"We looked at the PETM because it is thought to be the best ancient analog for future climate change caused by fossil fuel burning," said Lee R. Kump, professor of geosciences, Penn State.
However, the researchers note in the current issue of Nature Geoscience, that the source of the carbon, the rate of emission and the total amount of carbon involved in this event during the PETM are poorly characterized.
Investigations of the PETM are usually done using core samples from areas that were deep sea bottom 55.9 million years ago. These cores contain layers of calcium carbonate from marine animals that can show whether the carbon in the carbonate came from organic or inorganic sources. Unfortunately, when large amounts of greenhouse gases --carbon dioxide or methane -- are in the atmosphere, the oceans become more acidic, and acid dissolves calcium carbonate.
"We were concerned with the fidelity of the deep sea records," said Kump. "How do we determine the rate of change of atmospheric carbon if the record is incomplete? The incomplete record makes the warming appear more abrupt."
Kump and his colleagues decided to look at information coming from areas that were shallow arctic ocean bottom during the PETM. During a Worldwide Universities Network expedition to train graduate students from Penn State, the University of Southampton, University of Leeds, University of Utrecht and University of Oslo in how projects develop, the researchers visited Spitsbergen, Norway. They uncovered a supply of rock cores curated by a forward-thinking young coal-mining company geologist, Malte Jochmann.
"Deep-sea cores usually have from 10 cm to a meter (about 4 inches to 3 feet) of core corresponding to the PETM," said Kump. "The Spitsbergen cores have 150 meters (492 feet) of sediment for the PETM."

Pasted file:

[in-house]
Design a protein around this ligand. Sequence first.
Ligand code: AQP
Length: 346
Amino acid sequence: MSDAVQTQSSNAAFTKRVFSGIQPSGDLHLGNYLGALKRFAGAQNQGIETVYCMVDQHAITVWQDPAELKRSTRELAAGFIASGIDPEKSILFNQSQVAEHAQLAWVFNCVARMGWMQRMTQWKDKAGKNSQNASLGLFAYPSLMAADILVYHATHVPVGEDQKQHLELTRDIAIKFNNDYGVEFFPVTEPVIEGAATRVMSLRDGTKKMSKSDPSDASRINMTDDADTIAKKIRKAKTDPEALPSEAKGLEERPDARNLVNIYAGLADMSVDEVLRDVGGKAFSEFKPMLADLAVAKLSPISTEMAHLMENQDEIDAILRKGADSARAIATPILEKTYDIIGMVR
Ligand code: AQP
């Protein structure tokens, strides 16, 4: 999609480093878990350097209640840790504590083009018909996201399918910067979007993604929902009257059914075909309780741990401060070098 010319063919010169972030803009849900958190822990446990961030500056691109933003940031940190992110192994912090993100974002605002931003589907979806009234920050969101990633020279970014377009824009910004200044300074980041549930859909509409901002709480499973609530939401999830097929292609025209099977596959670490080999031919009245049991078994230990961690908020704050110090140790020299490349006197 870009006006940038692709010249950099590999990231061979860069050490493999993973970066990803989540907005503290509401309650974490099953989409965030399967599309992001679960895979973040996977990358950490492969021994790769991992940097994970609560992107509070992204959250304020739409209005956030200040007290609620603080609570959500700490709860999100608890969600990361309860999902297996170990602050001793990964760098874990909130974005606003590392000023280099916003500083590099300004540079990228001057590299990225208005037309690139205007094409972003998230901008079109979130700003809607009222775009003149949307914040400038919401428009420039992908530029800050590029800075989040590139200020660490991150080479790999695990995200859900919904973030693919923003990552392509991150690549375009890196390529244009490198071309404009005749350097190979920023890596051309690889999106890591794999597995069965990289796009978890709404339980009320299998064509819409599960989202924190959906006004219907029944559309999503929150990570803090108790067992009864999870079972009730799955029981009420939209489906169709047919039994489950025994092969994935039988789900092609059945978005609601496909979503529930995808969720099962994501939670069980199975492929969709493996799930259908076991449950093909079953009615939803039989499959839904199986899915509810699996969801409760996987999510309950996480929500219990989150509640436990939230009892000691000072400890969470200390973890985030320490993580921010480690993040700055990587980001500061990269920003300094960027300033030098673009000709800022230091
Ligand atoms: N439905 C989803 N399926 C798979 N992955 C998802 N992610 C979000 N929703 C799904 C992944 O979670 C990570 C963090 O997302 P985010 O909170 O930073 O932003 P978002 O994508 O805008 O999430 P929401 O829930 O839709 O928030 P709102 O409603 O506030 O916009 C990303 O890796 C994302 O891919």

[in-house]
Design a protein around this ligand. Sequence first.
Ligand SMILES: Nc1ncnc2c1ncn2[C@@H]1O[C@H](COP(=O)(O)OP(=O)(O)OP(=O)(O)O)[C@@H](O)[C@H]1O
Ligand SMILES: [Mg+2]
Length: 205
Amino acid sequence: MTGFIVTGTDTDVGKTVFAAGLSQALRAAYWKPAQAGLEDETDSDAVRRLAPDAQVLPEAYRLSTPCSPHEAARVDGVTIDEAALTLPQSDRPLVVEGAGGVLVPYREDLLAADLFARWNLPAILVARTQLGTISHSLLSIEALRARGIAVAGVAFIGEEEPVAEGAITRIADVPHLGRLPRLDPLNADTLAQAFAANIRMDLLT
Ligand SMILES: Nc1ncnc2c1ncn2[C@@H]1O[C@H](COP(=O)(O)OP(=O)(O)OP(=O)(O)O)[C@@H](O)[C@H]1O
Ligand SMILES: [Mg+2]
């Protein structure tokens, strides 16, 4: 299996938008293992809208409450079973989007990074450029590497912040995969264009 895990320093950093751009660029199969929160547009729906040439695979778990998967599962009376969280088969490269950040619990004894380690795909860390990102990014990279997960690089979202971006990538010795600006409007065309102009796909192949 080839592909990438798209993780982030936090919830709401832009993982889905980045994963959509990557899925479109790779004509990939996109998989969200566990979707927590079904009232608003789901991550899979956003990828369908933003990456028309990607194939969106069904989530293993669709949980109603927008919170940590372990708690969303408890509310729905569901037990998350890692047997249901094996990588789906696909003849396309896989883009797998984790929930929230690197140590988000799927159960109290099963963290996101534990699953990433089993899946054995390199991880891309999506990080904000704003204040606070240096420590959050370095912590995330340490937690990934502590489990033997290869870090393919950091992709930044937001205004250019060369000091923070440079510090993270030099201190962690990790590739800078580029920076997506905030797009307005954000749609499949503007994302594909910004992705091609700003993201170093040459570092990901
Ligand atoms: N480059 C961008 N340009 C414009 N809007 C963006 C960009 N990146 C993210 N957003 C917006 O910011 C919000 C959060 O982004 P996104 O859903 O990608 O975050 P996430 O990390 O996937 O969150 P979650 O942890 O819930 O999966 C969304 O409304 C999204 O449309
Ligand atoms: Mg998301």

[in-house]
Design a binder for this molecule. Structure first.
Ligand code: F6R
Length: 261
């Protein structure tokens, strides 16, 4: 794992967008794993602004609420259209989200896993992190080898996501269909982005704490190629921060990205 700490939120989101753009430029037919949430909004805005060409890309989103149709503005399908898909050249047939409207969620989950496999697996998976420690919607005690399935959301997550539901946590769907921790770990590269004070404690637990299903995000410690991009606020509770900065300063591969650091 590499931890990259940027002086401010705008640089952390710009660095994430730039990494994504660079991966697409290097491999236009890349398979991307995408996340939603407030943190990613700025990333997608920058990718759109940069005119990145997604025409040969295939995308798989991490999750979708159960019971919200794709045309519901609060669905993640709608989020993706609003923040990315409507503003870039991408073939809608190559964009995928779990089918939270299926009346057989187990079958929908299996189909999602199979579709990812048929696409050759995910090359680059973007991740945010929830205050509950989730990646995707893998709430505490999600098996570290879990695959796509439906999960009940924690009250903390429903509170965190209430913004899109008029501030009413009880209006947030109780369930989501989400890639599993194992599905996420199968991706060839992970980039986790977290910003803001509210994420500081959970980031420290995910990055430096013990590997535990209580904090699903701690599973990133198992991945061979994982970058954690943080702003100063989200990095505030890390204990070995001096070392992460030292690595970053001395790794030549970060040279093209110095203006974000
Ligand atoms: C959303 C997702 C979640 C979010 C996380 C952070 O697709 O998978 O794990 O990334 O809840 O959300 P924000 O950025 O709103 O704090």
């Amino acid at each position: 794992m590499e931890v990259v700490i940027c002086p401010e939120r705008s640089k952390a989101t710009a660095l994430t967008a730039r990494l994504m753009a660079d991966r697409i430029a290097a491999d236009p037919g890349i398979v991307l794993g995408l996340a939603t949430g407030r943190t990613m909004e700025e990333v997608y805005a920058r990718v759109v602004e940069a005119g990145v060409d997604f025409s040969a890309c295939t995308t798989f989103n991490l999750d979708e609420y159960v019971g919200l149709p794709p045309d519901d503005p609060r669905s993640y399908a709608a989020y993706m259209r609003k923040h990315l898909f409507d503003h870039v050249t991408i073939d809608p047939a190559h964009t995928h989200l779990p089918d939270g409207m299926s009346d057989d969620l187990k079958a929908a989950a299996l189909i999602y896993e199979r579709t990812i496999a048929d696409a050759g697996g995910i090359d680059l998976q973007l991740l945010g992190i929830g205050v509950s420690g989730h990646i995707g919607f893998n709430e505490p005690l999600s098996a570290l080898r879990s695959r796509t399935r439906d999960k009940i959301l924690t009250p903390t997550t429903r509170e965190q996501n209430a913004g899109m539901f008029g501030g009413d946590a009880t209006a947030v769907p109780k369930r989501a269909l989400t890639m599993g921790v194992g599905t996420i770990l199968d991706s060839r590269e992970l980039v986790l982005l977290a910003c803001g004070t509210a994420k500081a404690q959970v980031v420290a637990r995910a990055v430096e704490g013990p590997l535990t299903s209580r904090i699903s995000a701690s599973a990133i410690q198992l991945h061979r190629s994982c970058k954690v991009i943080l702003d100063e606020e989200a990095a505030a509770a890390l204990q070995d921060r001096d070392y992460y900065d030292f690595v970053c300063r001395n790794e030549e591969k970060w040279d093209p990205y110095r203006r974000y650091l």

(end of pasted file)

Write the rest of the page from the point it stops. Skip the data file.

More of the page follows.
The larger sediment section, made up of mud that came into the shallow ocean contains organic matter that can also supply the carbon isotope signature and provide the greenhouse gas profile of the atmosphere. With the larger core segment, it is easier to look at what happened through time and ocean acidification would not degrade the contents.
"We think the Spitsbergen core is relatively complete and shows an interval of about 20,000 years for the injection of carbon dioxide during the PETM," said Kump.
Using the data collected from the cores, the researchers forced a computer model to in essence run backward. They set up the models to find the proper amounts of greenhouse gases and atmospheric temperature that would have resulted in the carbon isotope ratios observed in the cores.
The outcome was a warming of from 9 to 16 degrees Fahrenheit and an acidification event in the oceans.
"Rather than the 20,000 years of the PETM which is long enough for ecological systems to adapt, carbon is now being released into the atmosphere at a rate 10 times faster," said Kump. "It is possible that this is faster than ecosystems can adapt."
Other Penn State researchers on this project include Ying Cui, graduate student and Katherine H. Freeman, professor; geosciences, Christopher K. Junium and Aaron F. Diefendorf, former graduates students and Nathan M. Urban former postdoctoral fellow.